I shall now explain why the amendment is not only unnecessary but undesirable. The hon. Member for Oxford, West and Abingdon tried to mount a compelling argument, but I did not think that he clarified the way in which belief is defined under the Human Rights Act. Actually, it is not defined under the Human Rights Act. As I understand it, the Human Rights Act reference to belief has been relied on for cases of non-discrimination, as my hon. Friend the Member for High Peak (Tom Levitt) pointed out. If public resources are being made available, however, the order of magnitude is different. We would want to be assured that we were not opening up the definition, through the use of the phrase “religion or belief”, to a wide and uncertain class of individuals or organisations.

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I am struck by the debate in the other place, in which Lord Phillips—I do not know whether he is still in the other place—

Chris Bryant: No.

Edward Miliband: My hon. Friend says from a sedentary position that Lord Phillips has left. Lord Phillips talked about precisely this issue, and I know how much he is relied on by the Liberal Democrats. In speaking to an amendment in Grand Committee, he said:

I tend to agree with him on that point. The reason why the amendment is undesirable is that it would potentially open up charity law and charitable status to a whole range of organisations. As the noble Lord said, we would be in uncharted territory.

Dr. Evan Harris: The implication of what the Minister has said is that religion is a shallow, charted sea. Everything that he said about the potential coverage of “belief” applies equally to the various religions. Why must only non-religious beliefs go into uncharted, deep waters, and not the huge variety of, some might say, strange religious beliefs, which, under his formulation, will not have to pass the same extra hurdles as non-religious beliefs?

Edward Miliband: One of the questions that we will address in the Bill, which we will come on to debate—if we ever move on—is whether a public benefit test should be applied to all organisations, including religious organisations. My point to the hon. Gentleman is that we are some hundreds of years into the establishment of religion in charity law. Yes, the Charity Commission must make decisions about Scientology and other religions, but Parliament, if it is amending legislation and passing charity law, must think carefully before potentially opening up the definition to a whole set of organisations that might come forward and say that they are now for a charitable purpose.

Chris Bryant: I wholly agree with what my hon. Friend says. For the avoidance of doubt, however, on the matter that I raised with my hon. Friend the Member for High Peak (Tom Levitt), an ordinary person looking at the Bill might think that religion was now defined as involving belief in more than one God, or as not involving belief in a God at all. I presume that that does not preclude religions that only believe in one God. Obviously, it would be odd to include pantheism but not panentheism, and to provide support for those who believe in Diana of the Ephesians but not for those who believe in Jesus of Nazareth.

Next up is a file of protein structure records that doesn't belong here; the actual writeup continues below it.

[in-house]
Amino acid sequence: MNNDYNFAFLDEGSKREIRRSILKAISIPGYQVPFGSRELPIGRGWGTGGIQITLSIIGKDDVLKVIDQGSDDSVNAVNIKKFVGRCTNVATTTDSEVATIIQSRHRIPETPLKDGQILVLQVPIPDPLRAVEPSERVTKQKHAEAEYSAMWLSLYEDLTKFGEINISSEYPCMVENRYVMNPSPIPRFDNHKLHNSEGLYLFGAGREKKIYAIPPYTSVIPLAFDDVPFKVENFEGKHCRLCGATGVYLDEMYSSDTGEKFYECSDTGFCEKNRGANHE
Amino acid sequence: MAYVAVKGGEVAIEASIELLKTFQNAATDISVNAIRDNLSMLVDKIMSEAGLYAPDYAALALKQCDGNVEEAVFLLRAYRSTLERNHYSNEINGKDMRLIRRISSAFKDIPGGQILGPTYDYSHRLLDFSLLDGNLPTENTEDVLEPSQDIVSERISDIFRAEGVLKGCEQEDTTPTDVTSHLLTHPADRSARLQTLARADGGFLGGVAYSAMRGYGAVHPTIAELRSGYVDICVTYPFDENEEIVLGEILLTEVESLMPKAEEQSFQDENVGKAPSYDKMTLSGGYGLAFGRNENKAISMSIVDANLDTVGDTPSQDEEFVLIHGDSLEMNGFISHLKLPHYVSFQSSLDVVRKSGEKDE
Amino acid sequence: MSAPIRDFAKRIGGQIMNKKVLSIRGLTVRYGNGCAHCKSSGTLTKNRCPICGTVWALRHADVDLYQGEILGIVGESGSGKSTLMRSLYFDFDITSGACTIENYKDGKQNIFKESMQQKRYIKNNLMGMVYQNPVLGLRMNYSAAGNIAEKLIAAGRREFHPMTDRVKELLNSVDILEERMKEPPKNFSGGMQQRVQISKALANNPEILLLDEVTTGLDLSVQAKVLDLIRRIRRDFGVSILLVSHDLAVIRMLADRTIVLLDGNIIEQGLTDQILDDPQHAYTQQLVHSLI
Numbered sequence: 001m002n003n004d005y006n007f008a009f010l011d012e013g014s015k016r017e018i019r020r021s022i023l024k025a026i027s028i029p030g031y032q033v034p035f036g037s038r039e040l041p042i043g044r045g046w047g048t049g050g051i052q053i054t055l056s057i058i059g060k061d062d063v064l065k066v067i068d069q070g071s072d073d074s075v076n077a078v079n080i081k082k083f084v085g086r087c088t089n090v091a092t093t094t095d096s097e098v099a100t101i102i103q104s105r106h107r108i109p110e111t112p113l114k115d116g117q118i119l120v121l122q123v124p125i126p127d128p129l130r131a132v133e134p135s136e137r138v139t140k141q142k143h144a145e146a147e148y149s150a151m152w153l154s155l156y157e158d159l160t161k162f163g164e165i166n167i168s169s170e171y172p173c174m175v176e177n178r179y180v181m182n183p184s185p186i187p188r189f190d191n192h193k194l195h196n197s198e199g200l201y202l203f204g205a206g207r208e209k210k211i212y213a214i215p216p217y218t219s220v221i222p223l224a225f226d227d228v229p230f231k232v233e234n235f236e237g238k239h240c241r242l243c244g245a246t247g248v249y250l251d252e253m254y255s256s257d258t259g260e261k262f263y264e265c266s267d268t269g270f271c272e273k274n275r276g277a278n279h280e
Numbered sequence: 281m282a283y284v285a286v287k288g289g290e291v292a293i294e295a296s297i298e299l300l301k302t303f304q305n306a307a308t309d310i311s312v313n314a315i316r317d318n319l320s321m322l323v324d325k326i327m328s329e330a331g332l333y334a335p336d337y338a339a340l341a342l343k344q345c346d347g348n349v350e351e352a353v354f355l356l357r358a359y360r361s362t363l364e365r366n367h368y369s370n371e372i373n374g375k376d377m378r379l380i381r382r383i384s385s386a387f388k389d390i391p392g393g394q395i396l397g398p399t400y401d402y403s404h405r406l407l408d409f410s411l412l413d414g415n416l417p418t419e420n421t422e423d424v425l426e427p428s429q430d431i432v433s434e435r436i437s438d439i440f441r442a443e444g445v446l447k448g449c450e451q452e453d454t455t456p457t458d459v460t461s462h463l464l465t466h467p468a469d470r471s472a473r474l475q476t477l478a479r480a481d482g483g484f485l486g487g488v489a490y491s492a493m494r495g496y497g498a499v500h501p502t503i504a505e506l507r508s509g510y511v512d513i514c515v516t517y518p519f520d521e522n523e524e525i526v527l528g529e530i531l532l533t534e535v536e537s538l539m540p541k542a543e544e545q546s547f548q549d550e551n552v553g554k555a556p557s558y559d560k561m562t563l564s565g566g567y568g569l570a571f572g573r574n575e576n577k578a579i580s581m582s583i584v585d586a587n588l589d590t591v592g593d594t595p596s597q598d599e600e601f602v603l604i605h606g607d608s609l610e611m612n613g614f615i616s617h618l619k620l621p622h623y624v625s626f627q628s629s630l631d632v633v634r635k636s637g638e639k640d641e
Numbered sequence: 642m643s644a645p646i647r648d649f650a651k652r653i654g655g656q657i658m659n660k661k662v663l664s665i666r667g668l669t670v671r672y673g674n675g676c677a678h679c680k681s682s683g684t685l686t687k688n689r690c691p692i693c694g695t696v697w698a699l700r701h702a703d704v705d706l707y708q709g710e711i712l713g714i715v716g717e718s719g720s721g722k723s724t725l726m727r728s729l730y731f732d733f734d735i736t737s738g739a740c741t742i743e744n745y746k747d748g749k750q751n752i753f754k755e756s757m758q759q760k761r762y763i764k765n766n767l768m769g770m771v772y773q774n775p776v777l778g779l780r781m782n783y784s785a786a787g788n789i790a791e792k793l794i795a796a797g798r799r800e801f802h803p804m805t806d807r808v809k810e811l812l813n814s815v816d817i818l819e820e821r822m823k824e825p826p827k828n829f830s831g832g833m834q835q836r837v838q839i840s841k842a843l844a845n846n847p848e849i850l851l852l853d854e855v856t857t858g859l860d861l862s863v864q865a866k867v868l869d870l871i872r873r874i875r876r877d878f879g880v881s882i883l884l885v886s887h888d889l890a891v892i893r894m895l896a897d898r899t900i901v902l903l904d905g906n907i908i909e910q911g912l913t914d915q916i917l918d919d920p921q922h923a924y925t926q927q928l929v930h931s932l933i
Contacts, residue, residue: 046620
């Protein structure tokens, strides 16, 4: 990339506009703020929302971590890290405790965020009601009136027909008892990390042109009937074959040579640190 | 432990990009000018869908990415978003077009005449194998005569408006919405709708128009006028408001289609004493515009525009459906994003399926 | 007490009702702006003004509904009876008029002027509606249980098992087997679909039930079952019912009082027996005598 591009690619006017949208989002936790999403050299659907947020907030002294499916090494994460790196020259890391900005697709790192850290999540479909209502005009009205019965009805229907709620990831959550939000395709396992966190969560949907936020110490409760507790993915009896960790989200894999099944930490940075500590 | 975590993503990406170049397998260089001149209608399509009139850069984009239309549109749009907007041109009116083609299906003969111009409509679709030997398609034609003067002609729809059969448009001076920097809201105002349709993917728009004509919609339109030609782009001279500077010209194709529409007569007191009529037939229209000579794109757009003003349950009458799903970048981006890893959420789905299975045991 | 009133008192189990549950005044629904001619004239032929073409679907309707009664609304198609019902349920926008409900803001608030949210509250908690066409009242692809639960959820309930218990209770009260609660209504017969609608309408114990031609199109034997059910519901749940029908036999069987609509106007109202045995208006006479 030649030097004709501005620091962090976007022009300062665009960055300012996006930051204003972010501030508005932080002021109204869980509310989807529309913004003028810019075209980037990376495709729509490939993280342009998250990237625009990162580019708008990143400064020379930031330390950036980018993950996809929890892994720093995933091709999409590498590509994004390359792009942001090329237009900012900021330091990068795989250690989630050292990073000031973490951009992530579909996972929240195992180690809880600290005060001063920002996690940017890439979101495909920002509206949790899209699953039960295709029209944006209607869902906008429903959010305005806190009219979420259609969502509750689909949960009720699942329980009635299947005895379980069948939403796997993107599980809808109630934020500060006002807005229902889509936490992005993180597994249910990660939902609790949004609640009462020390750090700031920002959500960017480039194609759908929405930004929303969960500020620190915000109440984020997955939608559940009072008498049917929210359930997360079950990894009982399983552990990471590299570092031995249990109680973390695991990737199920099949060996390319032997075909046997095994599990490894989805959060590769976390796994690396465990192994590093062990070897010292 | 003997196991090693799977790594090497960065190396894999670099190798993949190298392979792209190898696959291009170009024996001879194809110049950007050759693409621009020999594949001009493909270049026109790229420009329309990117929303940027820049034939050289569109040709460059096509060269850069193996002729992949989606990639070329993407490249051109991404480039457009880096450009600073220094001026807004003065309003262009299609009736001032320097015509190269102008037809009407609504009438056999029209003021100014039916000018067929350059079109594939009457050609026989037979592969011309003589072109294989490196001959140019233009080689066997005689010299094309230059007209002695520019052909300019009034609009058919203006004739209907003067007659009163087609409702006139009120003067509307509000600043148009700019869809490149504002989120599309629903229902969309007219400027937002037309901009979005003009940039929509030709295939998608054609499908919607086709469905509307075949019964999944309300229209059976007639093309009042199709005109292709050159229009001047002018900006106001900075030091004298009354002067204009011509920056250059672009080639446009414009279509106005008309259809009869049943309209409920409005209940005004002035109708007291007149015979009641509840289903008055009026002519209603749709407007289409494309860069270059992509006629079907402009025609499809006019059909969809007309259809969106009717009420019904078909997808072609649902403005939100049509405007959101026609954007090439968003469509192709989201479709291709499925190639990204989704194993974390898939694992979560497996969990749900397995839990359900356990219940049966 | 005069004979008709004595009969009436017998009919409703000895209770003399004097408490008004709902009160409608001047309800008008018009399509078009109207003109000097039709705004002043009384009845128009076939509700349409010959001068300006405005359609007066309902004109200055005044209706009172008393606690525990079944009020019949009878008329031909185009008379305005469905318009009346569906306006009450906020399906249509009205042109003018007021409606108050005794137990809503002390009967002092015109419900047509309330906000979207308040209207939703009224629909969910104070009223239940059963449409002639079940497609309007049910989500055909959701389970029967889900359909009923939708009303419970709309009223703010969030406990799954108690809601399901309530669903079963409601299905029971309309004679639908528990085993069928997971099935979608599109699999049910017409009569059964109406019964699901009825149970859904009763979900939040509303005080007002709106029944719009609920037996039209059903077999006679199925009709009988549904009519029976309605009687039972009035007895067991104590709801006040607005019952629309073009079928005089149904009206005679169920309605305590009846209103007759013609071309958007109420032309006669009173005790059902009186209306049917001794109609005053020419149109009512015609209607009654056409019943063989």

Edward Miliband: I reassure my hon. Friend that that coverage is supplementary to that of belief in one God.

Unfortunately—as I recognise the eloquent case made by the hon. Member for Oxford, West and Abingdon and the problems faced by humanist organisations—those are the reasons why we cannot accept his amendments. He has referred to difficulties that rationalist organisations have had in dealing with the Charity Commission, but I do not think that that
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derives from uncertainty that organisations promoting rationalist beliefs can qualify for charitable status under the law. I have discussed the matter with the commission, as it has been raised in the other place as well as by him. Let me put on the record that the commission accepts that it needs to acquire a greater understanding of the basis of rationalist and other non-religious belief. It has agreed to engage in a consultation process with the relevant representative organisations in parallel with discussions now taking place with religious bodies.

I hope that that explains why we feel unable to accept the amendment. I also hope that it demonstrates the seriousness of the commission’s intent to ensure equal treatment and respect for humanist organisations.

3.45 pm

Dr. Evan Harris: Before the Minister ends his speech, I want to give him an opportunity—freestyle, as it were—to deal with the view of the Joint Committee on Human Rights that the Government are in peril of finding themselves outwith articles 9 and 14 of the European convention on human rights, as incorporated in the Human Rights Act 1998. There has not been a Government response—as there need not be under the current arrangements—to either report on the matter so far.

Edward Miliband: As a non-lawyer, I should probably turn down the invitation to deal freestyle with the Human Rights Act. However, I believe that the Bill as it stands complies with the Act. Indeed, Ministers must sign documents making it clear that that is the case.

As I have said, I understand where the hon. Gentleman is coming from, and I understand where humanist and other organisations are coming from. The Charity Commission accepts that it needs to raise its game in respect of those organisations and wants to embark on a process of consultation and discussion with them.

Martin Horwood: I am impressed by what the Minister has just said, but I should like him to restate more clearly what he said earlier, before being interrupted, about the outcome that he desired from the parallel process involving religious and non-religious organisations. I understood that what he was aiming for was equal treatment. Is that correct?

Edward Miliband: I am happy to make that clear. As I have said, I think the commission has made plain its wish to ensure equal treatment and respect for humanist organisations. However, we do not think that we can do that in legislation in the way that the hon. Member for Oxford, West and Abingdon suggests, and I hope that on that basis he will withdraw his amendment.